In a similar way, God’s peace can fill us and rule within us even when we are surrounded by death and evil. God’s presence and peace can pierce even dark and painful surroundings and circumstances, including any war or any emotional valley we find ourselves in.
Christmas is typically, and rightfully, thought of as a season of joy, but it can be a painful season for many people. Maybe you’re one of them. What battles do you face today? What pain is relentlessly bombarding you as you hunker down in the trenches of life? What darkness haunts you even under the twinkling lights, candles, and decorations?
We may not be able to end the personal, emotional, cultural, or physical wars we are fighting this holiday season, but even in those darkest places, we can lean into the God who is with us. Today as we continue our Advent journey toward Christmas, we are focusing on and celebrating peace, the peace that has been brought into our word by Immanuel, God with Us. My hope is that today each of us will experience the comfort of Christ’s peace deep within our souls.

The Shepherds: Peace Restored

The shepherds in the Christmas story often get a bad rap. They are presented as outcasts—a dirty, unruly group that was at the bottom rung of society. And while they definitely held a lower place in society, not all scholars believe they were so unrespectable. In fact, shepherds had at one point held a very high position in Israel’s history. Faithful Jews would have known the stories of the patriarchs of their faith who were shepherds: Abraham, Isaac, Jacob, and even King David—of whom Jesus was a direct descendant.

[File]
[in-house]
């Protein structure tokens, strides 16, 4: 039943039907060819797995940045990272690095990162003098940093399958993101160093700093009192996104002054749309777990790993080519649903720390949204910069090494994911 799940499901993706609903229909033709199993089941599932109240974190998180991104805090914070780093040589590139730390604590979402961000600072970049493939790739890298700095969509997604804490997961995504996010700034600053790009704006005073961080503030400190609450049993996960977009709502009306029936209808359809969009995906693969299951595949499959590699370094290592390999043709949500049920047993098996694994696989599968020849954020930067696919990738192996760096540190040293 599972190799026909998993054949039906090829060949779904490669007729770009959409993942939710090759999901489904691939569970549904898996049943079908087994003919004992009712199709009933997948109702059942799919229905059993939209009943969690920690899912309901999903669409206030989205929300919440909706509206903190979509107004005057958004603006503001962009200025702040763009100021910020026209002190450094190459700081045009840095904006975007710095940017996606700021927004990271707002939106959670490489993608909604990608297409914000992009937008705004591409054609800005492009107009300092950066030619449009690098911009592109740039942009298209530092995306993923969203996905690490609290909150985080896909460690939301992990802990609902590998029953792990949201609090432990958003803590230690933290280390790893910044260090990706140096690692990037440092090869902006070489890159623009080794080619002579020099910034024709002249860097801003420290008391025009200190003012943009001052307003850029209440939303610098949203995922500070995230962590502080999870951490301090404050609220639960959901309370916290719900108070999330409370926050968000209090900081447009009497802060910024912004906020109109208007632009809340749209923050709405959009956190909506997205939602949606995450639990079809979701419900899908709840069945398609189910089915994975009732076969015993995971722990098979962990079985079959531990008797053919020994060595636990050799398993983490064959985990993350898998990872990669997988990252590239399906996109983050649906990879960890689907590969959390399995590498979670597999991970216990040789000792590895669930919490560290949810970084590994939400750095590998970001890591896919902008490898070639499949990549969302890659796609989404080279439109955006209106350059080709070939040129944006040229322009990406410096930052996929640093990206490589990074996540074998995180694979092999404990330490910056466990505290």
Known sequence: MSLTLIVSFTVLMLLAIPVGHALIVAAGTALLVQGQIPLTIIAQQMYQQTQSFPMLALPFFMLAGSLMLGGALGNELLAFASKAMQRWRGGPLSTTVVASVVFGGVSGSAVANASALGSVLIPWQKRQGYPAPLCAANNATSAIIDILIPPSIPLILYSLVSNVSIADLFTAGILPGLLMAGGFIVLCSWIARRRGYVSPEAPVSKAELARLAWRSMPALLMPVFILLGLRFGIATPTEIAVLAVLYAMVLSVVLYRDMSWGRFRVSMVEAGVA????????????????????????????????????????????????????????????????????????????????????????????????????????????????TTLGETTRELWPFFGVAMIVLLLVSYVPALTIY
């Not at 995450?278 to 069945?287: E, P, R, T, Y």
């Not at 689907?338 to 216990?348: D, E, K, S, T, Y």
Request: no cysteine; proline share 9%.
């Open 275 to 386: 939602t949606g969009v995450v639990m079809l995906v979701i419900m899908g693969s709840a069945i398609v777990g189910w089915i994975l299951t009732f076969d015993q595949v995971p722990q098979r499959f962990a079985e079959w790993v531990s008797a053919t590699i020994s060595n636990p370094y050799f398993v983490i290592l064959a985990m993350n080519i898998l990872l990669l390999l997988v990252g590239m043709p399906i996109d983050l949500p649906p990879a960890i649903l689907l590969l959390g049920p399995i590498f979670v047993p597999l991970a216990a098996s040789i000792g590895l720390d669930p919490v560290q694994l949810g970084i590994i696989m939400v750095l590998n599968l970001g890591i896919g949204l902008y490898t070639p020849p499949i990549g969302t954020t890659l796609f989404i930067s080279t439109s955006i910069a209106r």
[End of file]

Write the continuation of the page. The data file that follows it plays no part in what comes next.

But whether or not shepherds of Jesus’s day were a totally motley crew, the profession had undeniably fallen in esteem since the days of the patriarchs. They were definitely considered a lower social class. They held a menial vocation that involved hard labor in the elements and physical work with the animals. Stinky animals. It’s safe to say a shepherd wasn’t what most mamas dreamed their boys would grow up to be. They were a pretty lowly bunch.